The day was split into five sessions, each of which consisted of multiple talks or workshops running in parallel. Research and projects were showcased from across the participating universities on topics including the psychology behind fast fashion,power dynamics in UK agriculture, anddigital sustainability.

Image of people lined up behind seats in a lecture hall, all holding a piece of string.

Natalie Jakiemiec spoke about The Future of Surplus Food Redistribution (SFR). She highlighted a crucial dissonance between doing SFR to address food insecurity and doing it to address food waste. If the goal of SFR is to reduce food waste, we’ll eventually run out of waste to donate. She also did not want SFR to be described as “leftover food for leftover people”. She went on to speak about how SFR is framed in policy and what lessons we might take from that.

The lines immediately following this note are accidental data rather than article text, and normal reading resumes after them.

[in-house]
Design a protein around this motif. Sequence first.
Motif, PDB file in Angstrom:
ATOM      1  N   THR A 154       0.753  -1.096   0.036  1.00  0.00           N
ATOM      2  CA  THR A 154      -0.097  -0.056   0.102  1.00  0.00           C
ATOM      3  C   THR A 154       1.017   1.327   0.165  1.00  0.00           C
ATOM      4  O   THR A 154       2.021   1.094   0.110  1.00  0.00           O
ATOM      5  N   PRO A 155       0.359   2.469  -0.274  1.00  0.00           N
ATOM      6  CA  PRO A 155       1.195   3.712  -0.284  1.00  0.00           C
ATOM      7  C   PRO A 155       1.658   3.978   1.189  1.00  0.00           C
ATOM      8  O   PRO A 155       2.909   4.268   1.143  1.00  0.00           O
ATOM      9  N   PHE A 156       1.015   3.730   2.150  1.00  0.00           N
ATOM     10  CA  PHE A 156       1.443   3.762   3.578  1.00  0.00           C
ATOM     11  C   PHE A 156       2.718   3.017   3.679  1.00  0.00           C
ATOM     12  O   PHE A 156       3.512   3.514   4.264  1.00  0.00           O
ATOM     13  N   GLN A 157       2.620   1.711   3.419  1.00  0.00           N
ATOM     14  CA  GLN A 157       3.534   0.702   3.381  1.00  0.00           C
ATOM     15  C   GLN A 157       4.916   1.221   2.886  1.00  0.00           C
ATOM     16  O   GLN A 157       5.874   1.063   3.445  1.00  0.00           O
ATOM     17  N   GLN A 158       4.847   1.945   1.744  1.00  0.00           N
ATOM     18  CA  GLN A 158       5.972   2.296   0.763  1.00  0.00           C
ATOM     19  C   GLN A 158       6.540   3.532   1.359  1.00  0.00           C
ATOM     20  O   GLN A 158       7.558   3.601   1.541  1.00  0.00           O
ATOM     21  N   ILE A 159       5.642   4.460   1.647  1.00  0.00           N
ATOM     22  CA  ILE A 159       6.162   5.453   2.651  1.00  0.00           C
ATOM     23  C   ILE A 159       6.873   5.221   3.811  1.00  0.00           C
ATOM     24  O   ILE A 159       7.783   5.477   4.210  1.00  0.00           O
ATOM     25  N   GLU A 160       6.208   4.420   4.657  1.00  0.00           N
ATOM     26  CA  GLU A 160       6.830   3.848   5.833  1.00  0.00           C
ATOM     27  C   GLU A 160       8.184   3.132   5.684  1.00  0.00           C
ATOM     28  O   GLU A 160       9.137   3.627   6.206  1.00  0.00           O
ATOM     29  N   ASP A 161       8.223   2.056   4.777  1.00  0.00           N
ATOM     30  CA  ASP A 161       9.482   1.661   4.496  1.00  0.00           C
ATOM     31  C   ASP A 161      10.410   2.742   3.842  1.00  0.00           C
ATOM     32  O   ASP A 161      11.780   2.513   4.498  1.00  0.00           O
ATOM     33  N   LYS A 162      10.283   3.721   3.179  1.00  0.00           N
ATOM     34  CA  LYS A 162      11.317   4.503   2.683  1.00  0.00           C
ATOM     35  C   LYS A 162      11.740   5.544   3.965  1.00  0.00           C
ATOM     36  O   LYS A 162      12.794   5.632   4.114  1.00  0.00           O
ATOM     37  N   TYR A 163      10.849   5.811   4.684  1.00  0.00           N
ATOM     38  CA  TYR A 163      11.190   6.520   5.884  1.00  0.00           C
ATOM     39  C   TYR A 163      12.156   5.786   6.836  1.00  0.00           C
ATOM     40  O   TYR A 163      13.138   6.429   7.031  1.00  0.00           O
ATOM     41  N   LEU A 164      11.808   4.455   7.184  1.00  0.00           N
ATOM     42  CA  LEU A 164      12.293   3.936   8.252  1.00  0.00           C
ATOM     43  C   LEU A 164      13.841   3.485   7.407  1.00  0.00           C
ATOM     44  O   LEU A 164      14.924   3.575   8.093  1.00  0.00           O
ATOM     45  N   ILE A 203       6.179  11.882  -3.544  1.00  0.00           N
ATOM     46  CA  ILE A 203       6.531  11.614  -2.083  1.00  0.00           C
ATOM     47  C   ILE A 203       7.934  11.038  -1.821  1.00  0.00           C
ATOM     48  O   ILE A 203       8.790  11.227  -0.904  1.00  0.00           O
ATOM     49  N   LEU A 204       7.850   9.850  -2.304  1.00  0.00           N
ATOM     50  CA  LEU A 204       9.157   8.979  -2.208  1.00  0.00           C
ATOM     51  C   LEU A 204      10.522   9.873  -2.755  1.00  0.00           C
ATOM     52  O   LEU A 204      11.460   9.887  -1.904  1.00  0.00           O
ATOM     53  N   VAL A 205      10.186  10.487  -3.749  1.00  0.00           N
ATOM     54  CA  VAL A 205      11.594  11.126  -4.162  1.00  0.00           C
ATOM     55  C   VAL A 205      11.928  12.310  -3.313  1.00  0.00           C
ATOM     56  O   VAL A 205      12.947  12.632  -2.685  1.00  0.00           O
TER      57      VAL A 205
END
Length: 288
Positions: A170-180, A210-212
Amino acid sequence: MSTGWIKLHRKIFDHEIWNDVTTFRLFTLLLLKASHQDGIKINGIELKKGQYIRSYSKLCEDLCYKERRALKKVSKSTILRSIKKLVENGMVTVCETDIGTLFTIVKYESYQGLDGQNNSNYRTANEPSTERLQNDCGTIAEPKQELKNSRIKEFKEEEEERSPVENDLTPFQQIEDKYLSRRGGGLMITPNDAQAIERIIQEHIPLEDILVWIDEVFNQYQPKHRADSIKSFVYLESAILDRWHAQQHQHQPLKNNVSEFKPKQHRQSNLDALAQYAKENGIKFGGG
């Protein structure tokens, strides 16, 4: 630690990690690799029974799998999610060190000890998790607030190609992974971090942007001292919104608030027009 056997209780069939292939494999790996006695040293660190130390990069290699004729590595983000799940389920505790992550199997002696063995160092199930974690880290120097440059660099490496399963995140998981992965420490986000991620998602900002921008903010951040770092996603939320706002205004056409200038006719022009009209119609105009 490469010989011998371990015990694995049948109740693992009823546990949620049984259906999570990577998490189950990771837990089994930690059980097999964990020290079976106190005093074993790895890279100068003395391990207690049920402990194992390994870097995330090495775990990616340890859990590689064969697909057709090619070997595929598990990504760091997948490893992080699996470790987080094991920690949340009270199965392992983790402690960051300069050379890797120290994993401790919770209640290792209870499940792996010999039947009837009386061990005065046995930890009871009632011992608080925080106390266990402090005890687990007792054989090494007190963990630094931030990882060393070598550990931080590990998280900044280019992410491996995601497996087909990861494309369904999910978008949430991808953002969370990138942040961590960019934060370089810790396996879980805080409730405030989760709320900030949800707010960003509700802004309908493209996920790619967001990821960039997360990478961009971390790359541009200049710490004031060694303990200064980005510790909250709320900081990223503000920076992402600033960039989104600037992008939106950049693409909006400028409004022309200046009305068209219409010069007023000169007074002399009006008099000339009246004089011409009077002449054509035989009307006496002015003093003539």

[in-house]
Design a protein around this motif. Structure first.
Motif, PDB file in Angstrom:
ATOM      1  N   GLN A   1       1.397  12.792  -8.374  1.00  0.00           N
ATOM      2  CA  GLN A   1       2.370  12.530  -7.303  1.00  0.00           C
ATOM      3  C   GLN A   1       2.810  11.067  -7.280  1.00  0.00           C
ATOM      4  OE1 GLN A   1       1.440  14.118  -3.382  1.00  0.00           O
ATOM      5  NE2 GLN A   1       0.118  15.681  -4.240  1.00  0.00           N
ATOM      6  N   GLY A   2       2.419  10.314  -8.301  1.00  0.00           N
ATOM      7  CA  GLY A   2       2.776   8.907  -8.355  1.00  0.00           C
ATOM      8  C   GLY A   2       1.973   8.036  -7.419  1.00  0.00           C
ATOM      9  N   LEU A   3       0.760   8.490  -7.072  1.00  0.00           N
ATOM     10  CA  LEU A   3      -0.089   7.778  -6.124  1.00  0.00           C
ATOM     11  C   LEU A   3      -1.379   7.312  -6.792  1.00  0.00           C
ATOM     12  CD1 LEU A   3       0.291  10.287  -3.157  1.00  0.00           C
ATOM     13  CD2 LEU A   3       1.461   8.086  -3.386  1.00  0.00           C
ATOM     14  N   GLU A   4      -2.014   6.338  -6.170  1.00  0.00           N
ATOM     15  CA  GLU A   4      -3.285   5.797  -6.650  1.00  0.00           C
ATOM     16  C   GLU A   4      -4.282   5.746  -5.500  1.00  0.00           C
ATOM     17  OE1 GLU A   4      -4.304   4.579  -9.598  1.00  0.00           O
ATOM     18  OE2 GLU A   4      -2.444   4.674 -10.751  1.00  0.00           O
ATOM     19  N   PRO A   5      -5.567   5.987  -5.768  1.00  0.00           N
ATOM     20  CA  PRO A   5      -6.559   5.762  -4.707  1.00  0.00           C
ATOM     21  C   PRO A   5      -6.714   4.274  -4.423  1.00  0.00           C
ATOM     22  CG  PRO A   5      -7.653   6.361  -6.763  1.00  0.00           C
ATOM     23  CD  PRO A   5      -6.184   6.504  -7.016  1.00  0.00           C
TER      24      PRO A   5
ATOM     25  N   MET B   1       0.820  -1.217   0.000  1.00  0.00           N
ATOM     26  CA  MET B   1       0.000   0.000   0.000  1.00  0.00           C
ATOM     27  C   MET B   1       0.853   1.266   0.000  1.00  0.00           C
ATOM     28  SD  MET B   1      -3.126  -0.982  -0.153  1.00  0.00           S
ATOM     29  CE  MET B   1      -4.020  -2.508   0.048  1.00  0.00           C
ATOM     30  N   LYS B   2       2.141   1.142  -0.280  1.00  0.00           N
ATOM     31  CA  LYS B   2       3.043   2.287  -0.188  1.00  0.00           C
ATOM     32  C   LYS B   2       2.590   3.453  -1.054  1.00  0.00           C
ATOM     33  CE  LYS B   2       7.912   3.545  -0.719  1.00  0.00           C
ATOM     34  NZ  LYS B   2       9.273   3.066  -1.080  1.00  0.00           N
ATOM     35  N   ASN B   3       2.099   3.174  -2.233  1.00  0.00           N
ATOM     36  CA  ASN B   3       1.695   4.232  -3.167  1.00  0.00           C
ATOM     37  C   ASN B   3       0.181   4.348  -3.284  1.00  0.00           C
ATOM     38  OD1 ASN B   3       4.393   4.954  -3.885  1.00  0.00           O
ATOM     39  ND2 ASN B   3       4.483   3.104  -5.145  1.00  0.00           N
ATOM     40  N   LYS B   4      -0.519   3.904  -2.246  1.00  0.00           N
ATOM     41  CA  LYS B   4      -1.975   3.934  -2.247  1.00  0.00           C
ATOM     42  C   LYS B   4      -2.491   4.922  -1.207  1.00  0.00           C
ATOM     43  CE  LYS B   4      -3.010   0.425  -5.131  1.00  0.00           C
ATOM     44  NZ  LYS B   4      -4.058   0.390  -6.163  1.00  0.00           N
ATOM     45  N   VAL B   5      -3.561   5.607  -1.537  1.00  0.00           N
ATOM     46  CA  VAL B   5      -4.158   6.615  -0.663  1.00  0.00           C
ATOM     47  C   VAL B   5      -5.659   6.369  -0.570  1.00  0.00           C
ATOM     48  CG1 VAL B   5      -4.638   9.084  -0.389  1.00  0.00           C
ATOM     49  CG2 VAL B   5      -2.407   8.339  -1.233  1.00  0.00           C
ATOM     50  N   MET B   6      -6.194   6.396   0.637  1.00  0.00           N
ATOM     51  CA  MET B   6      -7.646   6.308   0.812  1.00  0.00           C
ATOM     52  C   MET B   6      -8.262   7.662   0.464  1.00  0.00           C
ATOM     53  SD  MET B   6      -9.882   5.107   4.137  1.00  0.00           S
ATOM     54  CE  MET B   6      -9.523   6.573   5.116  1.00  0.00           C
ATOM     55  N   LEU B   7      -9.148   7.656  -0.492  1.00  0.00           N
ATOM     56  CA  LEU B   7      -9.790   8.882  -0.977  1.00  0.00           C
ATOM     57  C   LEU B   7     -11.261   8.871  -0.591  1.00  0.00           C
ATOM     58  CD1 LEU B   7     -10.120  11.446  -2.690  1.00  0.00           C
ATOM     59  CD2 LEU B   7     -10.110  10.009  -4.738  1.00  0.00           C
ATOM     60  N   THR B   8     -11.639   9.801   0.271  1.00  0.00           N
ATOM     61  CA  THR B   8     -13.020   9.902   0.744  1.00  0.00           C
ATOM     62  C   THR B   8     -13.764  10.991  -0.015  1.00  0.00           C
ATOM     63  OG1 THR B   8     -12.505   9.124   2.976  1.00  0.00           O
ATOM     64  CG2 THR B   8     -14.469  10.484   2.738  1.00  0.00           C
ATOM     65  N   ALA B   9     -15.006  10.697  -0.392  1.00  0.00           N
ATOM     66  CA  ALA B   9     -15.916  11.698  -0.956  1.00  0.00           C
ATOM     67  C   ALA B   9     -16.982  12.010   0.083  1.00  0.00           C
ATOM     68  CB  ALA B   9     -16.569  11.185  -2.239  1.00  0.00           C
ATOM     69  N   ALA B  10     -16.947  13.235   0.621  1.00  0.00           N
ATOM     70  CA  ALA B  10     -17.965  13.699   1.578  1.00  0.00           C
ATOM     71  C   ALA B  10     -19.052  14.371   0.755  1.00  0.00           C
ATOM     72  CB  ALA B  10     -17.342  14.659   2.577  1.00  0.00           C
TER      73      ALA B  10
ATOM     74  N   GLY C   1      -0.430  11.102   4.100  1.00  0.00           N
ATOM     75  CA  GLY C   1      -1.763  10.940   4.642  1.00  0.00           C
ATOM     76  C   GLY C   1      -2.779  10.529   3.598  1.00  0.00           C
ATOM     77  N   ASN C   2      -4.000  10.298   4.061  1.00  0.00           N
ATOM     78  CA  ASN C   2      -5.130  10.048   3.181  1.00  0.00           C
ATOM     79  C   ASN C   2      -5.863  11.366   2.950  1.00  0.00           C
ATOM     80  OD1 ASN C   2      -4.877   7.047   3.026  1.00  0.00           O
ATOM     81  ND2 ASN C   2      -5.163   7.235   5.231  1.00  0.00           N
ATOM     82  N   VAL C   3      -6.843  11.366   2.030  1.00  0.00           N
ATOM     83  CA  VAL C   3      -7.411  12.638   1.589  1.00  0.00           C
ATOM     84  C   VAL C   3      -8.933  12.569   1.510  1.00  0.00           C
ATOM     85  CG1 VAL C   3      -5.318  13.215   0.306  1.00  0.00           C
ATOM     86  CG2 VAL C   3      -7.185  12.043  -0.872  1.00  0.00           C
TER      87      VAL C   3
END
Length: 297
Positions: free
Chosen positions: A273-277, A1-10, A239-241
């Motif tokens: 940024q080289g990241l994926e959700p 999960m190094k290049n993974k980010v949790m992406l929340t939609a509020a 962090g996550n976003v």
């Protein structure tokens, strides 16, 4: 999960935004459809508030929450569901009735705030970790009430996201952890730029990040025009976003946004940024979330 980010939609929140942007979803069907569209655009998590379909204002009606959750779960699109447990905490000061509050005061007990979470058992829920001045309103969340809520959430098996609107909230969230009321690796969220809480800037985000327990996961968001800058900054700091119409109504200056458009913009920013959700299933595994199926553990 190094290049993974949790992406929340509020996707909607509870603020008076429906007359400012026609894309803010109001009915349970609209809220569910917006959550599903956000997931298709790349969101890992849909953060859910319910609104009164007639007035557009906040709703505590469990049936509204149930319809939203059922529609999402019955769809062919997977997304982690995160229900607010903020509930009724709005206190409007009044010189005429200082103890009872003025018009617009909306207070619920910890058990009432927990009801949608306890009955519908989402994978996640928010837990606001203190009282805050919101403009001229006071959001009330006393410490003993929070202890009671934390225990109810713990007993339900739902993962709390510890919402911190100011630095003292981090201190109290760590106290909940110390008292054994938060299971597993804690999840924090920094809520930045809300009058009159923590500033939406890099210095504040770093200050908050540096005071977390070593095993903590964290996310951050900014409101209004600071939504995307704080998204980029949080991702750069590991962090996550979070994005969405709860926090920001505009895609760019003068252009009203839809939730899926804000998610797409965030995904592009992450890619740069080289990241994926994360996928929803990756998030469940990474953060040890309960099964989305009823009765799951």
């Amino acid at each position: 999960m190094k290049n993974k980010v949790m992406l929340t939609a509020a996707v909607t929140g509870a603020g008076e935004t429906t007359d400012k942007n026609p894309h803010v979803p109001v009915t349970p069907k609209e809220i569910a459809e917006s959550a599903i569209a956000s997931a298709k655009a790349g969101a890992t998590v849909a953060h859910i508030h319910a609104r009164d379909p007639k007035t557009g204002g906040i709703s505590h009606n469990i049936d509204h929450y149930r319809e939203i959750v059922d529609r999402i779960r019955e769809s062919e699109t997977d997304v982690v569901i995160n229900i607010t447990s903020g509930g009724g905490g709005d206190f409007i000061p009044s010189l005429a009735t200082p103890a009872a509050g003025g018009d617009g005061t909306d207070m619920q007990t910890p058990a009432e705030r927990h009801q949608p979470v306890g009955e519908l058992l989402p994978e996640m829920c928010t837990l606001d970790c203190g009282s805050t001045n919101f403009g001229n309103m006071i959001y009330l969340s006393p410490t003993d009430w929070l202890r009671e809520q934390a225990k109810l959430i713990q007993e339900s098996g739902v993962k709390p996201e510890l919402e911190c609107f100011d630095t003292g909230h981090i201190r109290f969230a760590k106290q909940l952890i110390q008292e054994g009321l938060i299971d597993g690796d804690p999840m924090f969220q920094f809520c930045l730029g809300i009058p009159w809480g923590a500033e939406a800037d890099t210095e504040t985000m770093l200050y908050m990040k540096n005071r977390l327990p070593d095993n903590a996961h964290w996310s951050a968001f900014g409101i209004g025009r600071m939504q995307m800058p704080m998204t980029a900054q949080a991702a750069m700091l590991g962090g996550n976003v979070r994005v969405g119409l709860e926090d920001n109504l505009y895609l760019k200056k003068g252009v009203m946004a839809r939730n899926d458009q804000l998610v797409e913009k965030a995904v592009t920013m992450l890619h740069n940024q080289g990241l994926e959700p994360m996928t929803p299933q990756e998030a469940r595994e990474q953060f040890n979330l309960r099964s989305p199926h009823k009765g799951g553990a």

The Student Sustainability Research Conference and the LSSC swapped speakers. Blessing Mucherera from the Student Sustainability Research Conference told us about Hull, the city most at risk of flooding in the UK. In his talk Inclusive Floodscapes: Empowering Minoritised Ethnicities for Urban Flood Resilience, Blessing explained how he is using a serious game to educate the people of Hull about the risks of flooding and gather data for his research. He also highlighted issues residents face accessing flood policy.